Plus, conservatives criticize attack on Andy Ngo and pot smokers are mostly like everyone else

STATE OF OREGON - The Oregon Capitol building.The compressed end of the 2019 Oregon Legislature exposed a well-kept secret — floor debates are only political posturing and rarely change any votes.

More than 100 bills had to pass before June 30 in the State Senate after Republicans finally ended their walkout to protest the cap-and-trade bill that Democrats ultimately sacrificed. News reports noted how fast the remaining bills passed or failed once Senate sessions finally resumed before the Sunday midnight deadline.

But, as the stories only noticed in passing, little if any debate took place on any of the bills, including one to substantially limit the death penalty and another to provide pre-paid postage on ballot return envelopes. Without such a deadline, the floor debate on each bill could have gone for hours, with each senator playing to their bases. But when time counts, we now know they already know how they are going to vote, despite how long the talk.

Portland protests in news again

Right-wing news outlets are denouncing Portland as a hotbed of anarchy and lawlessness again after fights broke out during dueling political protests on Saturday.

Much of the coverage focuses on conservative journalist/commentator Andy Ngo being assaulted by masked left-wingers commonly called "antifa," short for anti-fascist. Ngo, an editor on the Quiller website who has criticized Portland in the Wall Street Journal and on Fox News, was hospitalized after being attacked. Republican Texas U.S. Sen. Ted Cruz called for a federal investigation into the lack of protection by the police and Mayor Ted Wheeler.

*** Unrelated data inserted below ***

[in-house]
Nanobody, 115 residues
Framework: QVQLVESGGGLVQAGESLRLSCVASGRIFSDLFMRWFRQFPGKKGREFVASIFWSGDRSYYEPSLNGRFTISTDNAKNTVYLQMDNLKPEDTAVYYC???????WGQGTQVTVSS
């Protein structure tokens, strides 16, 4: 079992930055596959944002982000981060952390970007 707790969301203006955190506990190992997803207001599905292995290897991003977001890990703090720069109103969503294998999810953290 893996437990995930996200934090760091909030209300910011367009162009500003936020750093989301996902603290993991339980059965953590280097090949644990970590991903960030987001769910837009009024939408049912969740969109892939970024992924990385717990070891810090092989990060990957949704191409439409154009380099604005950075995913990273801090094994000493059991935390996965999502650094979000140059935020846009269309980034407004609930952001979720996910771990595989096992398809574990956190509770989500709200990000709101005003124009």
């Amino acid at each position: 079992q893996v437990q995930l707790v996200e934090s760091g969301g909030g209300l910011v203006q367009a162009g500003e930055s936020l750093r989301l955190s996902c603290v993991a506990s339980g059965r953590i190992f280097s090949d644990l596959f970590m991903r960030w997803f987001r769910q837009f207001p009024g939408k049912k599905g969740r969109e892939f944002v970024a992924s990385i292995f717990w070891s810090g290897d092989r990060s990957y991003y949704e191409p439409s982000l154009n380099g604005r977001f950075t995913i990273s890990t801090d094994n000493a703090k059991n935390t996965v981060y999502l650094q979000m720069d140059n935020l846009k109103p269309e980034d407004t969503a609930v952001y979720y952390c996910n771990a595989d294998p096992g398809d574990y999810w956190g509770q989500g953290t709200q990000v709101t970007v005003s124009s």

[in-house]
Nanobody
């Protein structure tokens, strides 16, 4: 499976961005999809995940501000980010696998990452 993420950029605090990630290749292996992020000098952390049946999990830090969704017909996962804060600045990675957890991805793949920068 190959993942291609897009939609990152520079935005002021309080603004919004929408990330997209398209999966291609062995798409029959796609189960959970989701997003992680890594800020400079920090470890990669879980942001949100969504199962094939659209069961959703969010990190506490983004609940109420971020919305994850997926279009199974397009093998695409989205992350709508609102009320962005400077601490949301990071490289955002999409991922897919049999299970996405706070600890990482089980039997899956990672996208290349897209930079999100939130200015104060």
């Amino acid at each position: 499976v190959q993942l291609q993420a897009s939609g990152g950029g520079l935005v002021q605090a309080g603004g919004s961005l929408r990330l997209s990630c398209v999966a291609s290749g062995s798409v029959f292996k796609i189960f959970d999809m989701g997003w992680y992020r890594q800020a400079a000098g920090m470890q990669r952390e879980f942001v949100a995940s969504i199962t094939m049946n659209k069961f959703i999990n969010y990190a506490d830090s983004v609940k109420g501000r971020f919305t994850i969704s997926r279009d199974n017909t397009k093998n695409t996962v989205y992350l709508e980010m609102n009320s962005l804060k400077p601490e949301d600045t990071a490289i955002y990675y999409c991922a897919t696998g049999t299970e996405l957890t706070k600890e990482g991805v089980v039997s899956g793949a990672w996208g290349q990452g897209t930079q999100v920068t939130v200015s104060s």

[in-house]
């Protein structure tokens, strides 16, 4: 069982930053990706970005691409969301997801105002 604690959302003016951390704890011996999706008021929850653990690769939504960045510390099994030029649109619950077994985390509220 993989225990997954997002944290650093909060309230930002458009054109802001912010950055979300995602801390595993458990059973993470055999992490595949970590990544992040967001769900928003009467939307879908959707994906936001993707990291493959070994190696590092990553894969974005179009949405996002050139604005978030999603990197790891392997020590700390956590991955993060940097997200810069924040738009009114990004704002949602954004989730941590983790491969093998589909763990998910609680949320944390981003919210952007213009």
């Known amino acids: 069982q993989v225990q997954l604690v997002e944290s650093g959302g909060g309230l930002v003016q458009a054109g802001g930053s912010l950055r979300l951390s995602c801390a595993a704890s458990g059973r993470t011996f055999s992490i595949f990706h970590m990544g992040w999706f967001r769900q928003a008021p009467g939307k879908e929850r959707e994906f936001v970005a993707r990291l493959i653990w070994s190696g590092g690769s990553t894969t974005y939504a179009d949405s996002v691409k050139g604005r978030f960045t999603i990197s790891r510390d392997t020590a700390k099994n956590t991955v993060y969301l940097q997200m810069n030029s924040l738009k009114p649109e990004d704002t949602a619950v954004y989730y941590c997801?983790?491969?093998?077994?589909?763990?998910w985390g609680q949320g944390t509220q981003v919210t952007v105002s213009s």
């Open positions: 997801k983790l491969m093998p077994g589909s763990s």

"Ngo is a well-known chronicler of antifa activity, and has criticized their illiberal tactics on Fox News. He attended the protest in this capacity — as a journalist, covering a notable public event," said a story on the Reason website.

Pot smokers just like you

Recreational marijuana users in Oregon, Washington and Colorado are pretty much like everyone else in those states, according to a newly released report by the Portland-based DHM Research firm. Despite that, when asked to describe a typical cannabis user, even they say a loser hanging out in front of a convenience store, like the main characters in the Jay and Silent Bob movies, the report found.

"It goes without saying that Americans have been fed a steady diet of cannabis caricatures over the years," reads the report, titled Cannabis Next Door. "Even cannabis users themselves imagine this stereotype when asked to describe the average user, and it drives a persistent social stigma they feel is attached to cannabis use."

In fact, the study found cannabis users are not much different than the general populations of the three states, except that a higher percent of them are males.

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